Famous bolivian music artists
- Los Kjarkas (Folklore)
- Savia Andia (Folklore)
- Wara (Folklore/Rock)
- Atajo (Protest Rock)
- Proyeccion (Folklore)
- Recent Movies, which have received international acclaim:
- Insureccion (2014), Jorge Sanjines
- Zona Sur (2010), Juan Carlos Valdivia
- Quien Mato a la Llamita Blanca (2007), Rodrigo Bellott
- See Blackthorn (2010) for great Bolivian landscapes
- See Our Brand is Crisis (2015) for La Paz cityscapes.
Foods to eat
- Saltena: A sweet and salty empanada filled with chicken, beef, potatoes, an olive and a boiled quail egg. This is a favourite among Canadians.
- Plato Paceno: A famous dish in La Paz, it is traditionally vegetarian but now comes with a steak, boiled lima beans, fried cheese, and potatoes. Eat in the Mercado Lanza in La Paz on Thursdays.
- Laping: A delicious oven-broiled cut of beef served with a tomato/onion salad, boiled lima beans, and potatoes. Eat in Cochabamba at the Casa de Campo.
- Chicha: Fermented corn beer, made primarily in Cochabamba valley region. Eat with fried pork, chicharron.
There are many activities one can take part in in order to better understand the culture of Bolivia. In the capital La Paz, the political and cultural center of the country, there is an extensive nightlife where people go out to the plazas to chat with friends, to have coffee or discuss politics. The state university San Andres has regular free events including political debates that are open to the public. The Municipal Theatre, Teatro Municipal, has typical Bolivian music presentations or short plays. Museums like Musef have public events throughout the week.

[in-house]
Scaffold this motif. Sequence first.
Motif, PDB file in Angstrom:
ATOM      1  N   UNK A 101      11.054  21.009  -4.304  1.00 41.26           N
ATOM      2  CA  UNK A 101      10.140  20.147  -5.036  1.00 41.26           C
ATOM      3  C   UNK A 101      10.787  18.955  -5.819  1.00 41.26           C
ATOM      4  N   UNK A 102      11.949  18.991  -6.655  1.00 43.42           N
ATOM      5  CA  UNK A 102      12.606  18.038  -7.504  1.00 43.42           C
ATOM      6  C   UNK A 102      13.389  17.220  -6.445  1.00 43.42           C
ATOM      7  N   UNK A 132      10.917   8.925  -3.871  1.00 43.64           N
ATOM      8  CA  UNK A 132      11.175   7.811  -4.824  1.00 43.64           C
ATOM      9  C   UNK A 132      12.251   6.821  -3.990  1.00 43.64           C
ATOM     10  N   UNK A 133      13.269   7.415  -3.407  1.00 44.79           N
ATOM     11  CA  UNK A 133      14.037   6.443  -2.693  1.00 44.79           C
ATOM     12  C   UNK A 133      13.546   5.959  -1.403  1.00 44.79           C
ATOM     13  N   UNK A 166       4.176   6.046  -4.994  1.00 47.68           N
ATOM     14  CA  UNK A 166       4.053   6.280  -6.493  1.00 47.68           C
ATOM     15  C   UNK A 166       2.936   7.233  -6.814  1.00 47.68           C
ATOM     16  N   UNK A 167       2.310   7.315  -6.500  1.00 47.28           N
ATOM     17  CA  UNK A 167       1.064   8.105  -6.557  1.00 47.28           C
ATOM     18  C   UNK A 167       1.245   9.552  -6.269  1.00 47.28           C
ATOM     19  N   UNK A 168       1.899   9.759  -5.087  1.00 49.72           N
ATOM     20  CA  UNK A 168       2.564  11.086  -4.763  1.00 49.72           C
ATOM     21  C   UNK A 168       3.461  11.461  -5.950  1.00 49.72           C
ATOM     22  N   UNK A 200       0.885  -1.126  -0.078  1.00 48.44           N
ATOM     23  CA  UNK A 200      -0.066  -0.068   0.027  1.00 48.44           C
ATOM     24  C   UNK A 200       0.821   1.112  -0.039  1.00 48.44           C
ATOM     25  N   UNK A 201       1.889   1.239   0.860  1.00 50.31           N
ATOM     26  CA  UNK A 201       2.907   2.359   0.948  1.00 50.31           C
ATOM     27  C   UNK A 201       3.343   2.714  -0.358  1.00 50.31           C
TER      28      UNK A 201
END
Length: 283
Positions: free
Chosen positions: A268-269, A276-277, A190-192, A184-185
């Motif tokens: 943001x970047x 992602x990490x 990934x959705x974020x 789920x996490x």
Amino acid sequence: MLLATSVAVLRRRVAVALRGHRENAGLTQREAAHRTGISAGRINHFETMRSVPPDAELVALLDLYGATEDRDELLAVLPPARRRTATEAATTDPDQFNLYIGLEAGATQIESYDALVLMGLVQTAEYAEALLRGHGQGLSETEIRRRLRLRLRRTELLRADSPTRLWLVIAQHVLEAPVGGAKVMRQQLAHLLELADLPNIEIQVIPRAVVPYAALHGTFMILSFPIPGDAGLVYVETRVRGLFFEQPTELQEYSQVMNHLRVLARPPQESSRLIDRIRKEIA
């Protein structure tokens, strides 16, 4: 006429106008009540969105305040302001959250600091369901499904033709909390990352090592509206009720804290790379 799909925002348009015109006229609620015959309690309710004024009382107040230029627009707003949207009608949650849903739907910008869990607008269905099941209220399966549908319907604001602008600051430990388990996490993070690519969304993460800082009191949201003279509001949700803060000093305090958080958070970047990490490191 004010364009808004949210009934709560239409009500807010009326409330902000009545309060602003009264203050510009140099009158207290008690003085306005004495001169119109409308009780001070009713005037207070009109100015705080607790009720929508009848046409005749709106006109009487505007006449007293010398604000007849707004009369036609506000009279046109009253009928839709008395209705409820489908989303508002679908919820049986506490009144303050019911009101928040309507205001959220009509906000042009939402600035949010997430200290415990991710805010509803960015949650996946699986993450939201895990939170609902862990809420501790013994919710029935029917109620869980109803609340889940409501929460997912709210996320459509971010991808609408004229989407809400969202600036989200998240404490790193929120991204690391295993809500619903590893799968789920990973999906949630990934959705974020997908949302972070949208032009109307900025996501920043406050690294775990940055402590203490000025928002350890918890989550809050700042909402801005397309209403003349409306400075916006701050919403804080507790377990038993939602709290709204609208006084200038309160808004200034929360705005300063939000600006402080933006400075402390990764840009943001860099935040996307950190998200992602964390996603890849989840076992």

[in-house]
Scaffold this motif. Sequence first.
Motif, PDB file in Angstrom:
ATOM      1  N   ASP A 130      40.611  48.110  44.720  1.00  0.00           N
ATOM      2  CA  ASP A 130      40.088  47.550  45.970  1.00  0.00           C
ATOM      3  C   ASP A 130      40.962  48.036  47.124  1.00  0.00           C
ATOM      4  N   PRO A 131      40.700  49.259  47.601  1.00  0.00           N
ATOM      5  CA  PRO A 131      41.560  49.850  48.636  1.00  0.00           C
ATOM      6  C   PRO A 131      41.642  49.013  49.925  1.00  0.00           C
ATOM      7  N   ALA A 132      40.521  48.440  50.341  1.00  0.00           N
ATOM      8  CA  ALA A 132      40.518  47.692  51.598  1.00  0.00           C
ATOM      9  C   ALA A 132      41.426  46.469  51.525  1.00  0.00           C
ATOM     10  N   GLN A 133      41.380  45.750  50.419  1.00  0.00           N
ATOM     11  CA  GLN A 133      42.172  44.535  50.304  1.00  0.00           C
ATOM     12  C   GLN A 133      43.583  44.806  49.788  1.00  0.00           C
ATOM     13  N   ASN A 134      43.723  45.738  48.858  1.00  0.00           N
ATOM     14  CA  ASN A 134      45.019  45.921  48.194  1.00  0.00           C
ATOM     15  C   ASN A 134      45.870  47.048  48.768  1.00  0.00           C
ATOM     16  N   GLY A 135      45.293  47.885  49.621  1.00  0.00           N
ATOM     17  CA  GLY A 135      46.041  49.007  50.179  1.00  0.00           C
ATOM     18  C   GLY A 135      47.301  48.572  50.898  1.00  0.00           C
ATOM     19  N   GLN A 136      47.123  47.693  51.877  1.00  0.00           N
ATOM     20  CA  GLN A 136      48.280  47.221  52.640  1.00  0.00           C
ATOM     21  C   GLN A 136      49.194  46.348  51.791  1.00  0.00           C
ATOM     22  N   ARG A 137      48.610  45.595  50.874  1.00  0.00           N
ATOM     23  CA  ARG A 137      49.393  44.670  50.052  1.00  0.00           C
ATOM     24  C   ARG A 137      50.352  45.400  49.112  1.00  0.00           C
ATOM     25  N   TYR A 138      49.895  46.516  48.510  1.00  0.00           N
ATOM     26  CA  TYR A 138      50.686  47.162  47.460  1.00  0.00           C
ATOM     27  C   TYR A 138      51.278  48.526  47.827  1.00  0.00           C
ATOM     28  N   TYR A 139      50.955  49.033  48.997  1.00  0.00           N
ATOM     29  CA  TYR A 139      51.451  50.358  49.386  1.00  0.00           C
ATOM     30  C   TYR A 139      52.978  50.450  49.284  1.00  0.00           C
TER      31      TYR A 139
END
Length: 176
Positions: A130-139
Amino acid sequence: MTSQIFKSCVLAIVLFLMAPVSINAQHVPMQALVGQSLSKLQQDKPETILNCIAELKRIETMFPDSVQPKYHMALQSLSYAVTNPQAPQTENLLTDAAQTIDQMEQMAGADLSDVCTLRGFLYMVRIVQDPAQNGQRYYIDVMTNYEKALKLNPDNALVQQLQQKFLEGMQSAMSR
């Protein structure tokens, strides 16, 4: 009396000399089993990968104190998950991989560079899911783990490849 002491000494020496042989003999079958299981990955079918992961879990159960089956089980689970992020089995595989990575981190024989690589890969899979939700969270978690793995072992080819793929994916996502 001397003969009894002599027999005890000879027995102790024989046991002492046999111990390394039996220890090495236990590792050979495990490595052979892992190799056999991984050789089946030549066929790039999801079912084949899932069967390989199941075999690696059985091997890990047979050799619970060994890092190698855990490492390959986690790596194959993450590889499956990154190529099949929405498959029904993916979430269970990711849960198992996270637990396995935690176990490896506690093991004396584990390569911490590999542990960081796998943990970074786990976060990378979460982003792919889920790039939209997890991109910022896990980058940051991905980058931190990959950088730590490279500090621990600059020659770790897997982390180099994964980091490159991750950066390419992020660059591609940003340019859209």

A common destination to escape the colder highland weather is a three-hour trip to the tropical region Yungas located outside of La Paz. People enjoy this destination for the quieter, more relaxed tropical atmosphere.
The principal market in La Paz Lanza, beside the San Francisco church, is a good place to enjoy Plato paceño or Trucha (fried trout served with freeze dried potatoes, Chuño). The common markets are full of people with a high turn-over of lunches ensuring the freshness of the food. Generally it is good to avoid restaurants which do not appear to have a large clientele since methods of keeping food may not ensure their preservation or freshness.
Other places to visit outside of the cities
- Salar de Uyuni: The Bolivian salt flats and future site of large-scale industrial lithium production. National tourist agency BOLTOUR located in the Plaza Murillo or other private agencies located in Sagarnaga Street, or Illampu Street, sell tours for several days through the salt flats, and to volcanic lakes in the region Sur Lipez.
- Copacabana: is a town found on the highest salt water lake in the world known as Titicaca. It is recommended to eat fresh trout here, and to buy Pasanc’alla, large, sweet popcorn and to visit the cathedral. Islas del Sol and Isla de la Luna (Sun and Moon Islands) are one of the lakes biggest tourist attractions.